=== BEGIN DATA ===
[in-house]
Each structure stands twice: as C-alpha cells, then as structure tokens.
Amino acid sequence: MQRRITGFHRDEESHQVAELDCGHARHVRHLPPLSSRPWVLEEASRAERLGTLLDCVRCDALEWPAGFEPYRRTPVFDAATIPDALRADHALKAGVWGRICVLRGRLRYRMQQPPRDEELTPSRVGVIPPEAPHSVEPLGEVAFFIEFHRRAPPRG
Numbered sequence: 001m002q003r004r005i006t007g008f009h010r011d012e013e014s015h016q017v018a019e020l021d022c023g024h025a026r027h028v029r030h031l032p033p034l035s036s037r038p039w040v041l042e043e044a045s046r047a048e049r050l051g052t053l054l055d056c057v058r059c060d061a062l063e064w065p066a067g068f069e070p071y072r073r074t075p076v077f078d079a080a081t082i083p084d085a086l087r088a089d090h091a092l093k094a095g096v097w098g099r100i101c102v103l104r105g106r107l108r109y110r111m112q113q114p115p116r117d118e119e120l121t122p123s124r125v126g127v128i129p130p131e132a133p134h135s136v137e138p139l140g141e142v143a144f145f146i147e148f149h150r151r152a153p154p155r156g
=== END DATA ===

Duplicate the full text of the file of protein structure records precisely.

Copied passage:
[in-house]
Each structure stands twice: as C-alpha cells, then as structure tokens.
Amino acid sequence: MQRRITGFHRDEESHQVAELDCGHARHVRHLPPLSSRPWVLEEASRAERLGTLLDCVRCDALEWPAGFEPYRRTPVFDAATIPDALRADHALKAGVWGRICVLRGRLRYRMQQPPRDEELTPSRVGVIPPEAPHSVEPLGEVAFFIEFHRRAPPRG
Numbered sequence: 001m002q003r004r005i006t007g008f009h010r011d012e013e014s015h016q017v018a019e020l021d022c023g024h025a026r027h028v029r030h031l032p033p034l035s036s037r038p039w040v041l042e043e044a045s046r047a048e049r050l051g052t053l054l055d056c057v058r059c060d061a062l063e064w065p066a067g068f069e070p071y072r073r074t075p076v077f078d079a080a081t082i083p084d085a086l087r088a089d090h091a092l093k094a095g096v097w098g099r100i101c102v103l104r105g106r107l108r109y110r111m112q113q114p115p116r117d118e119e120l121t122p123s124r125v126g127v128i129p130p131e132a133p134h135s136v137e138p139l140g141e142v143a144f145f146i147e148f149h150r151r152a153p154p155r156g